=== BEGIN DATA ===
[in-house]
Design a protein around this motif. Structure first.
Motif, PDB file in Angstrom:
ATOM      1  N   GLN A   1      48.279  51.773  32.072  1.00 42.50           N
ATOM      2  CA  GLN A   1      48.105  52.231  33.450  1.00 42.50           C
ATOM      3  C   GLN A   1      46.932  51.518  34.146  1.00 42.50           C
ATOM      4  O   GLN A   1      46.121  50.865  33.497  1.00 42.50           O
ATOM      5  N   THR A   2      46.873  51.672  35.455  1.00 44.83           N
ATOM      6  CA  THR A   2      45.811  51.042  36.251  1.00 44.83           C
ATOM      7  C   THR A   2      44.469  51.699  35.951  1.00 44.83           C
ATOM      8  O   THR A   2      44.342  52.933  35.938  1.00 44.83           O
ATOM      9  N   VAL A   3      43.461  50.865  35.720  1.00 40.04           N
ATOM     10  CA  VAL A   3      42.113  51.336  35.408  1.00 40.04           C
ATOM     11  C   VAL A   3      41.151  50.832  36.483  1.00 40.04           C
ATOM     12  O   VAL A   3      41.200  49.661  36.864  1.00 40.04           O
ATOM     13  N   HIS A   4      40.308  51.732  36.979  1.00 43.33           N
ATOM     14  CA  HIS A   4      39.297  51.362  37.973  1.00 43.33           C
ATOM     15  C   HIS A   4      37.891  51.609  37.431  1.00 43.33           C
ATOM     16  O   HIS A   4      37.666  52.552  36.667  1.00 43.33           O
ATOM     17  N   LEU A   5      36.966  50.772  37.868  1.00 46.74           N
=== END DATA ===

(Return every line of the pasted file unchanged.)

[in-house]
Design a protein around this motif. Structure first.
Motif, PDB file in Angstrom:
ATOM      1  N   GLN A   1      48.279  51.773  32.072  1.00 42.50           N
ATOM      2  CA  GLN A   1      48.105  52.231  33.450  1.00 42.50           C
ATOM      3  C   GLN A   1      46.932  51.518  34.146  1.00 42.50           C
ATOM      4  O   GLN A   1      46.121  50.865  33.497  1.00 42.50           O
ATOM      5  N   THR A   2      46.873  51.672  35.455  1.00 44.83           N
ATOM      6  CA  THR A   2      45.811  51.042  36.251  1.00 44.83           C
ATOM      7  C   THR A   2      44.469  51.699  35.951  1.00 44.83           C
ATOM      8  O   THR A   2      44.342  52.933  35.938  1.00 44.83           O
ATOM      9  N   VAL A   3      43.461  50.865  35.720  1.00 40.04           N
ATOM     10  CA  VAL A   3      42.113  51.336  35.408  1.00 40.04           C
ATOM     11  C   VAL A   3      41.151  50.832  36.483  1.00 40.04           C
ATOM     12  O   VAL A   3      41.200  49.661  36.864  1.00 40.04           O
ATOM     13  N   HIS A   4      40.308  51.732  36.979  1.00 43.33           N
ATOM     14  CA  HIS A   4      39.297  51.362  37.973  1.00 43.33           C
ATOM     15  C   HIS A   4      37.891  51.609  37.431  1.00 43.33           C
ATOM     16  O   HIS A   4      37.666  52.552  36.667  1.00 43.33           O
ATOM     17  N   LEU A   5      36.966  50.772  37.868  1.00 46.74           N